Cannons | Teen Ink


November 21, 2013
By allyadams BRONZE, McDonough, Georgia
allyadams BRONZE, McDonough, Georgia
1 article 0 photos 0 comments

Favorite Quote:
"if a writer falls in love with you, you can never die"

If I could be anyone in the world, I would probably choose to be a pirate. Although pirates aren’t the most hygienic of people, they make up for it in brute strength. Pirates are courageous and brave, and they can swordfight; in combat, they’re quick and conniving, but can be slow and stealthy if need be. They man cannons and right as an enemy ship prepares to attack, they light the cannons and the iron spheres explode out of the barrels, sinking the enemy. When challenged, pirates stop at nothing to get what they want, and risk their lives for the glory and the gold.

Unlike a pirate, I have excellent hygiene. Yet, I am weak and cannot put power behind a heavy metal sword even if I manage to pick it up. If my enemy looks me in the eye, both my blade and confidence quiver. Being a major klutz, I trip over my own feet. And, when I slink out of my room to get a midnight snack, every single floorboard I step on shrieks like a banshee and alerts the world that I’m letting my guard down.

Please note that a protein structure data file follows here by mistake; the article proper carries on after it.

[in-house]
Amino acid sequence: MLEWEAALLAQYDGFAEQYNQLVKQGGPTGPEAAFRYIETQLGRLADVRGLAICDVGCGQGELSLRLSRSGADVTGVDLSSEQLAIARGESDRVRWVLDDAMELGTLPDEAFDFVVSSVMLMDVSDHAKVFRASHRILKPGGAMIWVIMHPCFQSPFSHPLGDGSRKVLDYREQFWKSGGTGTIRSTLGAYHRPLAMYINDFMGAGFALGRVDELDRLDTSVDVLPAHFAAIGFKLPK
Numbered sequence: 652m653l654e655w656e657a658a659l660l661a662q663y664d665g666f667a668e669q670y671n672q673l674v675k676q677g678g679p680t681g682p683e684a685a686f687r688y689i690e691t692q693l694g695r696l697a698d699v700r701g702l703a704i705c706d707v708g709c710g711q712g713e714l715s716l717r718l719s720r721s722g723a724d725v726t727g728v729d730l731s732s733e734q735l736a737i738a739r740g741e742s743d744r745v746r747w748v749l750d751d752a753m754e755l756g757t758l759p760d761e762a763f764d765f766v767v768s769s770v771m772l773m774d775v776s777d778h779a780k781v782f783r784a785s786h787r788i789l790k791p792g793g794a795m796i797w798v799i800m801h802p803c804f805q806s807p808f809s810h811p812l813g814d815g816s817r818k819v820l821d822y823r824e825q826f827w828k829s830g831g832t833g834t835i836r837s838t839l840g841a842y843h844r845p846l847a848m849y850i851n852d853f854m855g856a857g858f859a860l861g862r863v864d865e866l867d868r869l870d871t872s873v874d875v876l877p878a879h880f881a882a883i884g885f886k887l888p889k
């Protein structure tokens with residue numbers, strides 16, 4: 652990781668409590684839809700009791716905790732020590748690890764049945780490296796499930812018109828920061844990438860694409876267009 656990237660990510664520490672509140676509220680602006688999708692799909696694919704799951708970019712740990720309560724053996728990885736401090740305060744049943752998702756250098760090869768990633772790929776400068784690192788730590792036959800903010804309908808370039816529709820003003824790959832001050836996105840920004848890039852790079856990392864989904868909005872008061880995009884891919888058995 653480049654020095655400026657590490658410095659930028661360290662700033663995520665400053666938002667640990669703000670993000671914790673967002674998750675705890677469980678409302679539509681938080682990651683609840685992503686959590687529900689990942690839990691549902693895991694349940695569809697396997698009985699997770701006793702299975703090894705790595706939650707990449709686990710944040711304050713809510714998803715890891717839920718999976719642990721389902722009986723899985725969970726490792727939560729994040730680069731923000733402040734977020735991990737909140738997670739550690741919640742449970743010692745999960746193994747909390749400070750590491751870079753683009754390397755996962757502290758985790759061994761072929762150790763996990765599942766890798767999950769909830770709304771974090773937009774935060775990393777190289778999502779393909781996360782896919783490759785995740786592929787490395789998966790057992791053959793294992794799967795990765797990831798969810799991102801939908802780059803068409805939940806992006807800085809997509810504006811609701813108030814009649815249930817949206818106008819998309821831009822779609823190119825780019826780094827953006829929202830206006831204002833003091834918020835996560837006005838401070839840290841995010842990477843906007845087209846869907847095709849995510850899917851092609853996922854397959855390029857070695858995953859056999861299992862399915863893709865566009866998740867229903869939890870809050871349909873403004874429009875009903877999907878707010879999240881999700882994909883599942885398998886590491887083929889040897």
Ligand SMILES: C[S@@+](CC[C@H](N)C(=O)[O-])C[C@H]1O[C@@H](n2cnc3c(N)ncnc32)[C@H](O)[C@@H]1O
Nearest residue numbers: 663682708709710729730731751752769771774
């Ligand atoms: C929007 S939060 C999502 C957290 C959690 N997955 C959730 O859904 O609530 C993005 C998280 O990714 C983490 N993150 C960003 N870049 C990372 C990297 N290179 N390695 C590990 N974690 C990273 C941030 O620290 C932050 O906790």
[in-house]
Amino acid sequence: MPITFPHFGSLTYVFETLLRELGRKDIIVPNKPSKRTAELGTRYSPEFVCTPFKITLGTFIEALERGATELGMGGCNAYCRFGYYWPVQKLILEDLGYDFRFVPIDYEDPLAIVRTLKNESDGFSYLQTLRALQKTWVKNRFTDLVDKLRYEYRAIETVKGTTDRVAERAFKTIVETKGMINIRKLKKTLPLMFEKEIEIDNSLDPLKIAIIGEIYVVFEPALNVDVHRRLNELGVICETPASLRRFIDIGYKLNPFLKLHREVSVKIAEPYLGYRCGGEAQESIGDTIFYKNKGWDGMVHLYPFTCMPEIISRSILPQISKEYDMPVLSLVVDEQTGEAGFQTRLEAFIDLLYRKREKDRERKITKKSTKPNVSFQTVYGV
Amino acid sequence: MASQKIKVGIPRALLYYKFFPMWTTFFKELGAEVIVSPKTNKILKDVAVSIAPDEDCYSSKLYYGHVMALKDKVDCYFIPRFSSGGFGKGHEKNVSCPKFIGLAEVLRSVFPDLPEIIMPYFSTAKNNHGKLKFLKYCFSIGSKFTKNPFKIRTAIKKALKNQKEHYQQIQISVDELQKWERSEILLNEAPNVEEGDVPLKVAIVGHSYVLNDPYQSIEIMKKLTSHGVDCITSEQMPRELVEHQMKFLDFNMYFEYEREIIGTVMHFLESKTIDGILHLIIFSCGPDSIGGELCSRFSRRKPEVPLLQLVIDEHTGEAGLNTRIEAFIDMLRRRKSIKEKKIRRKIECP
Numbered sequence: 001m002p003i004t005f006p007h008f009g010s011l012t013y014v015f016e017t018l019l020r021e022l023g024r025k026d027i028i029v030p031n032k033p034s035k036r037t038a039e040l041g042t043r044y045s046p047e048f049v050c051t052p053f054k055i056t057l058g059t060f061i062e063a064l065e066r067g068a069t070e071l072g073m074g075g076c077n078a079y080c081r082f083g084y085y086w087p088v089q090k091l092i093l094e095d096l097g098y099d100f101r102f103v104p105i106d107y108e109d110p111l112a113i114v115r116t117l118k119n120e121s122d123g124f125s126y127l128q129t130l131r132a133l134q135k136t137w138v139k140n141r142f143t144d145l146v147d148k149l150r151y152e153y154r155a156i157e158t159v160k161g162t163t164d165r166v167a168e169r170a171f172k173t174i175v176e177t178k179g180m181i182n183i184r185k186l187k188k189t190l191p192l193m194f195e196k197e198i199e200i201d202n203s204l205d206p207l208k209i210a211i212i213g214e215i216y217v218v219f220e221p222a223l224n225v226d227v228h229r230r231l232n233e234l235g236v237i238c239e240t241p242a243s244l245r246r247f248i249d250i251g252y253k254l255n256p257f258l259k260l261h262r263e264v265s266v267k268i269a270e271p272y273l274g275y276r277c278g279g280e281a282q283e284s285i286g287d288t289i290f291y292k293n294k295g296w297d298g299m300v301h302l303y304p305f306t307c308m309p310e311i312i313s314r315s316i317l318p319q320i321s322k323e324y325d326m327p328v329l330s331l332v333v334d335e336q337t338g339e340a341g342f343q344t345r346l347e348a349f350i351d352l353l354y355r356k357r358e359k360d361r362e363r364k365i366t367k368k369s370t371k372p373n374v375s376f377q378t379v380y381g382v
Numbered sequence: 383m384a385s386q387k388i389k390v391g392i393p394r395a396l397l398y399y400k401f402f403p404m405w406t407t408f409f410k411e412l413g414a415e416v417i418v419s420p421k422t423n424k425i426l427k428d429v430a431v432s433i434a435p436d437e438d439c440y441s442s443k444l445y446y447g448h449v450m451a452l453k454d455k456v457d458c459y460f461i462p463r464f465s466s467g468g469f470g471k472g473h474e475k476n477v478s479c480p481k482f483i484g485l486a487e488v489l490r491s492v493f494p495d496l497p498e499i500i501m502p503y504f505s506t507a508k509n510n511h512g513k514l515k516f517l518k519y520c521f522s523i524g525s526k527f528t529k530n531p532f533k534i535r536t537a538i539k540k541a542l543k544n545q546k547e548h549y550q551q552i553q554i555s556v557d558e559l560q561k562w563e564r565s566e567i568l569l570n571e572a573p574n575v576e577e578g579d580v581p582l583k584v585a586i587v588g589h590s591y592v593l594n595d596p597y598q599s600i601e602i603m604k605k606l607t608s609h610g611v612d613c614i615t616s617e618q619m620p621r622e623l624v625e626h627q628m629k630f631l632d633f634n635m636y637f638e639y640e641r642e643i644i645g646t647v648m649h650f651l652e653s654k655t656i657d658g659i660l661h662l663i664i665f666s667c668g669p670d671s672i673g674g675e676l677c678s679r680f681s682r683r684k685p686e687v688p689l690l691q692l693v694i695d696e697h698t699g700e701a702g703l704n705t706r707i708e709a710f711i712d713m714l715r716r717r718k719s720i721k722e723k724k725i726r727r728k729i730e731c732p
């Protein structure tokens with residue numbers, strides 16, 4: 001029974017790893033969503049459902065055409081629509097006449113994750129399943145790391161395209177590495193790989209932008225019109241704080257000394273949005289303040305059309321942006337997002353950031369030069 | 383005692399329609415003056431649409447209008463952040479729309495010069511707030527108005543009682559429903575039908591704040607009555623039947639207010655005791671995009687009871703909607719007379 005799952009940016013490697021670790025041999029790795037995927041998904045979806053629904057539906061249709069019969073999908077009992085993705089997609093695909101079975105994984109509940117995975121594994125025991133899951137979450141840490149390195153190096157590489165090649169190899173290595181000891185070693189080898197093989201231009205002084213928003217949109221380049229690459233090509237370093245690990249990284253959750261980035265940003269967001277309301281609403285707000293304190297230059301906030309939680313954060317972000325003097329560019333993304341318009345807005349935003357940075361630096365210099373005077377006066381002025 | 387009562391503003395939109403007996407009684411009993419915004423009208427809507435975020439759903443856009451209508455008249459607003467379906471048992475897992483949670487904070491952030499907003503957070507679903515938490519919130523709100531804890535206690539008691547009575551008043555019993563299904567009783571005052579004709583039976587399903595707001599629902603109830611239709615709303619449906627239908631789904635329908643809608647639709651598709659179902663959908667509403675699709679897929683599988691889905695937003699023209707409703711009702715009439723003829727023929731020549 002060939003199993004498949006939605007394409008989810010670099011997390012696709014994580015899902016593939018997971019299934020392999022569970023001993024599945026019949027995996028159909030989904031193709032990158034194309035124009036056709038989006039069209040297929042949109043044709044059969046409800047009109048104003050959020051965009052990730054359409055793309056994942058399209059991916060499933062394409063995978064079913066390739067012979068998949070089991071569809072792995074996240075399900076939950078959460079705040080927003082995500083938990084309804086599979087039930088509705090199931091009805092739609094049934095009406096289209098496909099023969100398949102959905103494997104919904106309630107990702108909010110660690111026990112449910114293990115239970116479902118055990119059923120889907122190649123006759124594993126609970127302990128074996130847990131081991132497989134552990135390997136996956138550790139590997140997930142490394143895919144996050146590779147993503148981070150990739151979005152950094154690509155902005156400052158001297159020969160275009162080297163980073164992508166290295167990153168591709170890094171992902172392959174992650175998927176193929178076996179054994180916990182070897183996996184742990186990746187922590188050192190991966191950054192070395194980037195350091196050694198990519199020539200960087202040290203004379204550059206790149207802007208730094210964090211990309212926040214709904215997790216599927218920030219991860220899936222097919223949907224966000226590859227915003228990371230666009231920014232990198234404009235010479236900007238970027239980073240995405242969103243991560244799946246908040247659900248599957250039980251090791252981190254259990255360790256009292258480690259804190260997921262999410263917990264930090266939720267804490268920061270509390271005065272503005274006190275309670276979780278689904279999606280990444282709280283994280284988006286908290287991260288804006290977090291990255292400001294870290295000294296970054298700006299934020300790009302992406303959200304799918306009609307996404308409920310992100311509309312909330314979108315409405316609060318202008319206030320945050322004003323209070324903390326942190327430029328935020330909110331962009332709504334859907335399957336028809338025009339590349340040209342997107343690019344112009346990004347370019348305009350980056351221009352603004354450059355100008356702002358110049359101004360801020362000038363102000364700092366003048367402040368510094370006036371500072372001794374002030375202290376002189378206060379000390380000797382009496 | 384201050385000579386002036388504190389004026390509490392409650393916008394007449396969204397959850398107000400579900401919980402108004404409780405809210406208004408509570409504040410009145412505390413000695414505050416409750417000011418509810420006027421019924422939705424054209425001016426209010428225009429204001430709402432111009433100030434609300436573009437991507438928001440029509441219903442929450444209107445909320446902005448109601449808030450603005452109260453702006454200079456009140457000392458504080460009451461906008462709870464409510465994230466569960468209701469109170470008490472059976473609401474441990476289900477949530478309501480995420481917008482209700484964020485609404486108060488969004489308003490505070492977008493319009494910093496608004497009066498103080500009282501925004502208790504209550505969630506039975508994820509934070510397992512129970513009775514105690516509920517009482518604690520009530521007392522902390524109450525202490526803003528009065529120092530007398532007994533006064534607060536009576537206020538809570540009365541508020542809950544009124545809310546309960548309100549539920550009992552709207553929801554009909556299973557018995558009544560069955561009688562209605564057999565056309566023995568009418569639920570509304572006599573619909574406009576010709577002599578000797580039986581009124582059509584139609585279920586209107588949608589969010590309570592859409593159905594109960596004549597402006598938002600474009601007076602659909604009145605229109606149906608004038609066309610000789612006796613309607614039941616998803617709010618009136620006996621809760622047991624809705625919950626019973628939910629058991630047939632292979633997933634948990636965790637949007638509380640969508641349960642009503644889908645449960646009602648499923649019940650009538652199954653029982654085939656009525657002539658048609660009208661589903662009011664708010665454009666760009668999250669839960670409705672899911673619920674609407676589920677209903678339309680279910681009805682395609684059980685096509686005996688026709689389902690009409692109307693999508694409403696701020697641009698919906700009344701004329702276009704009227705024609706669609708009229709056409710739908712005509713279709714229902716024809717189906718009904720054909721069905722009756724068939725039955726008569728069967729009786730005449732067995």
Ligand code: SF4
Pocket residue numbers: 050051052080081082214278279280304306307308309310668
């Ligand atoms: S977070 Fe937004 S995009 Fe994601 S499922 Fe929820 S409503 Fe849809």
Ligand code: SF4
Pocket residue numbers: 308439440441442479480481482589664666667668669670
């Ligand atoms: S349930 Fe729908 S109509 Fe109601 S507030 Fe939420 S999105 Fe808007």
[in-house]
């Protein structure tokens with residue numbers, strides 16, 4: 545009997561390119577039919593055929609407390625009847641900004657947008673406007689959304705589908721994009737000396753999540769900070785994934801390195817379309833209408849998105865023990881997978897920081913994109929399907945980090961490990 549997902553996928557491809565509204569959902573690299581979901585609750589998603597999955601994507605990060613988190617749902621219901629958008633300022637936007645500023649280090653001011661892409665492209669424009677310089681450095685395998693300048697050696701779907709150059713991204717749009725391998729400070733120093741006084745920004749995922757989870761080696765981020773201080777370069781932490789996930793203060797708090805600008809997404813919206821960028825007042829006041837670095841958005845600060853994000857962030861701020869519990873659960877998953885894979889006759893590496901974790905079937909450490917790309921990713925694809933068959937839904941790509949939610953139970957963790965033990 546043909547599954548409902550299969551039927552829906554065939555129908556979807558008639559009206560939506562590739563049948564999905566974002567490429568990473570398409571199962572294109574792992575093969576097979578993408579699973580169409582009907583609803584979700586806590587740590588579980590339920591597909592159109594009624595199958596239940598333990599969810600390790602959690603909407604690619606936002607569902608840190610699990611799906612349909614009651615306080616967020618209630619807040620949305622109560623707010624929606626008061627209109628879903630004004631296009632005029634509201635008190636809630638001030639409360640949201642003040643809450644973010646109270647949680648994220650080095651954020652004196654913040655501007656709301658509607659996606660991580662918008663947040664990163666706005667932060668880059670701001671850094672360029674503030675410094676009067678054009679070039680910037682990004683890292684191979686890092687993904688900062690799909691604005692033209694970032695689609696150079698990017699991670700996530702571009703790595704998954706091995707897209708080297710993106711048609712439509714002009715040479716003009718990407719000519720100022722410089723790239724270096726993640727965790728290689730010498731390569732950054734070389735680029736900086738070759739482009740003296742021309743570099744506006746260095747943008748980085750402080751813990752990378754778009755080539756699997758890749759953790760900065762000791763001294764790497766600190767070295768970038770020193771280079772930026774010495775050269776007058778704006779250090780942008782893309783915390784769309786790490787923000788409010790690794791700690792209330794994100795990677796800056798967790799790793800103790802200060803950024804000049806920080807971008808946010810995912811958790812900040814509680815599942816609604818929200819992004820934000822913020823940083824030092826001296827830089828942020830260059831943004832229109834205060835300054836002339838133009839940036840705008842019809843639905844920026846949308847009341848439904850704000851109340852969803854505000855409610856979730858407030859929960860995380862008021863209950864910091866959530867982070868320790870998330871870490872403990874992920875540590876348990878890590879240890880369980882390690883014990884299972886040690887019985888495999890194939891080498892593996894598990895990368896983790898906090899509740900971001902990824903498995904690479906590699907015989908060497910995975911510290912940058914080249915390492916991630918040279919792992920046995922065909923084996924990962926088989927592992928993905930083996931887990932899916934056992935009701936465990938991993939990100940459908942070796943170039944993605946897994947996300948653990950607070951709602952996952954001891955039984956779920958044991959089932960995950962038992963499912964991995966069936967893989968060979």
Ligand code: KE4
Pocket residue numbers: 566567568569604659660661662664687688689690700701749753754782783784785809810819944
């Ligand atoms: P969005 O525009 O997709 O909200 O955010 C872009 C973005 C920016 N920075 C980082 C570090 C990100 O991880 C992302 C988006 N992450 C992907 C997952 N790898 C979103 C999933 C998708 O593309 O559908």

But that is just fine, because I have my own cannon I can use to pummel my enemies: Johann Pachelbel’s Canon in D major. For so long this melody has entranced me with its soft, slow beginning that transcends forcefully to a melody of power, of resilience, of strength. It has the ability to make me laugh, dance, desire, and hope – it is the cure to all bad moods, the sole item that keeps me going in my darkest hours. Though the “D” stands for the key in which my favorite version is played, I like to believe it stands for my direction.
Canon is clean-cut and simple, and it empowers the listener. As the notes’ sharp tones clash and zing with the problems of reality and vary their tactics from fast to slow and back again, Canon emanates pure happiness, and the climax of the song shatters any negativity probing the dark recesses of the mind. It exposes problems as they are, and the solutions are sorted almost too easily. The Canon can never be exhausted no matter how long it is played time and time over because it does not rest until the enemies of reality are sunk, the gold of ideas is earned, and the glory of solution is gained.

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